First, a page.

inside me a lunatic sings

I like mountains, tea, good music, and everything in between
~ Tuesday, August 5 ~
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greattalks:

Lawrence Lessig, We the People, and the Republic We Must ReclaimTED (2013)

In his trademark style, lessig shows how corruption in politics is one of the most pressing issues we face in America and what hope we have to stop it.

my summer: hours of commuting, hours of drooling over Lessig’s arguments

Tags: Larry Lessig campaign finance things that matter
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~ Thursday, July 17 ~
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~ Tuesday, July 15 ~
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The Borowitz Report: How to Look Smarter

newyorker:

image

NEW YORK (The Borowitz Report) – A new study released Tuesday indicates that wearing glasses does not make a person look smarter, but standing next to Texas Governor Rick Perry does.

Continue reading: http://nyr.kr/1mHY8IP

Photograph by David Paul Morris/Bloomberg via Getty.


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~ Friday, July 4 ~
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~ Monday, June 30 ~
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~ Sunday, June 15 ~
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Zach asking help remembering lyrics tonight

  • Zach: uh, what's the first line?
  • Crowd: LIKE AN ANCIENT DAY!!
  • Zach: crowd sourcing.
Tags: a very important moment beirut
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~ Wednesday, June 4 ~
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It’s always surprising to me how many young women think they have to be perfect. I rarely meet a young man who doesn’t think he already is.
 Hillary Clinton speaking at Simmons Leadership Conference (via femininefreak)
Tags: too fucking true
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~ Sunday, April 27 ~
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~ Wednesday, April 23 ~
Permalink Tags: jon stewart is a wonderful human
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~ Tuesday, April 22 ~
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theatlantic:

Meaningful Activities Protect the Brain From Depression

Our entire lives, when you think about it, are built around rewards — the pursuit of money, fun, love, and tacos.
How we seek and respond to those rewards is part of what determines our overall happiness. Aristotle famously said there were two basic types of joy: hedonia, or that keg-standing, Netflix binge-watching, Nutella-from-the-jar selfish kind of pleasure, and eudaimonia, or the pleasure that comes from helping others, doing meaningful work, and otherwise leading a life well-lived.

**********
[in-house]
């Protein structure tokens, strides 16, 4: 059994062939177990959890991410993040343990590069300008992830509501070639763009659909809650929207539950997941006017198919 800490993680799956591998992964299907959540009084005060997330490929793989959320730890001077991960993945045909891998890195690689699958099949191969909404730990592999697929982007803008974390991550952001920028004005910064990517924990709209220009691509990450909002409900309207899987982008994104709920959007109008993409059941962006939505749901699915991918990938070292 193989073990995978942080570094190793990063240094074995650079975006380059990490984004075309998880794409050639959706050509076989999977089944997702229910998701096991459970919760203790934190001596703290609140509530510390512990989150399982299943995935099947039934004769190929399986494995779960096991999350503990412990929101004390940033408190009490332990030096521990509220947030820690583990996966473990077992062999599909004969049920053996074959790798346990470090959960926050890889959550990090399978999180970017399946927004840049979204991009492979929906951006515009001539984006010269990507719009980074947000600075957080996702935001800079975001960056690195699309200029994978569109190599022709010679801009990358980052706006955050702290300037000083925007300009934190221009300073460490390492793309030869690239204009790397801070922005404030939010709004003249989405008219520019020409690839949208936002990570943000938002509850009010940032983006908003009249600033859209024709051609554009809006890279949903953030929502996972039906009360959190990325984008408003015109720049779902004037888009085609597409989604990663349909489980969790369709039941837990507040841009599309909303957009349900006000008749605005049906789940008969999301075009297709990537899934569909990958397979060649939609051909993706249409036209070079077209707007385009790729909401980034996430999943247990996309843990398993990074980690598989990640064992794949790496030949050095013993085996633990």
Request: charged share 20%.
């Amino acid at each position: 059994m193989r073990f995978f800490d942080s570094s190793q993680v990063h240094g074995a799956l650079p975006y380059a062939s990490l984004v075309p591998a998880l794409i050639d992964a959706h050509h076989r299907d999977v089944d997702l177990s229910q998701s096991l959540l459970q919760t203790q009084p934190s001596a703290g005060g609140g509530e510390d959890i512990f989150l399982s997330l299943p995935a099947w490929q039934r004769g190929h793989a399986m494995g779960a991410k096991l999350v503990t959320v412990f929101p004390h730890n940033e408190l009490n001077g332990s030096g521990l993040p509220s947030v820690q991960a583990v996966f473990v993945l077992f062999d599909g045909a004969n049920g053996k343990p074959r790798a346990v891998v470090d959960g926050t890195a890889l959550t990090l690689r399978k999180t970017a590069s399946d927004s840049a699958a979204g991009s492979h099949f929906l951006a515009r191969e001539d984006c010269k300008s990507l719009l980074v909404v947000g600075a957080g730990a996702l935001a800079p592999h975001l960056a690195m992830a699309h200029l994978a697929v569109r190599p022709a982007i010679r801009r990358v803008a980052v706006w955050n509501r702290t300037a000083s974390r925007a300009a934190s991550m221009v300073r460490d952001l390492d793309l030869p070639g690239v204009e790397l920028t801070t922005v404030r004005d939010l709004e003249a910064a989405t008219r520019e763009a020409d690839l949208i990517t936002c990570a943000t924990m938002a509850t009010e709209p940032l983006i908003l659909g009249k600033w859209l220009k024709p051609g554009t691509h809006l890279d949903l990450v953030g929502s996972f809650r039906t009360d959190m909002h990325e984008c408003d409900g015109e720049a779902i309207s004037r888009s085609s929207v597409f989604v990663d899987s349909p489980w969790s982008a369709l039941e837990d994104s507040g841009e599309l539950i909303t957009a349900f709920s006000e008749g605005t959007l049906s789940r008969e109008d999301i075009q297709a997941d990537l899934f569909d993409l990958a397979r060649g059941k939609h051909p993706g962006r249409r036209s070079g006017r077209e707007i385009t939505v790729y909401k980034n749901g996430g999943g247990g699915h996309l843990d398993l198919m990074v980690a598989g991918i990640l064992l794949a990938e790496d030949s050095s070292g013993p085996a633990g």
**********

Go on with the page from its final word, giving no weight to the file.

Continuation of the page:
Recent psychological research has suggested that this second category is more likely to produce a lasting increase in happiness. Hedonic rewards may generate a short-term burst of glee, but it dissipates more quickly than the surge created by the more selfless eudaimonic rewards.
"Happiness without meaning characterizes a relatively shallow, self-absorbed or even selfish life, in which things go well, needs and desire are easily satisfied, and difficult or taxing entanglements are avoided," a study in the Journal of Positive Psychology found last year.
Read more. [Image: Natesh Ramasamy/flickr/Olga Khazan]

theatlantic:

Meaningful Activities Protect the Brain From Depression

Our entire lives, when you think about it, are built around rewards — the pursuit of money, fun, love, and tacos.

How we seek and respond to those rewards is part of what determines our overall happiness. Aristotle famously said there were two basic types of joy: hedonia, or that keg-standing, Netflix binge-watching, Nutella-from-the-jar selfish kind of pleasure, and eudaimonia, or the pleasure that comes from helping others, doing meaningful work, and otherwise leading a life well-lived.

Recent psychological research has suggested that this second category is more likely to produce a lasting increase in happiness. Hedonic rewards may generate a short-term burst of glee, but it dissipates more quickly than the surge created by the more selfless eudaimonic rewards.

"Happiness without meaning characterizes a relatively shallow, self-absorbed or even selfish life, in which things go well, needs and desire are easily satisfied, and difficult or taxing entanglements are avoided," a study in the Journal of Positive Psychology found last year.

Read more. [Image: Natesh Ramasamy/flickr/Olga Khazan]

Tags: tru
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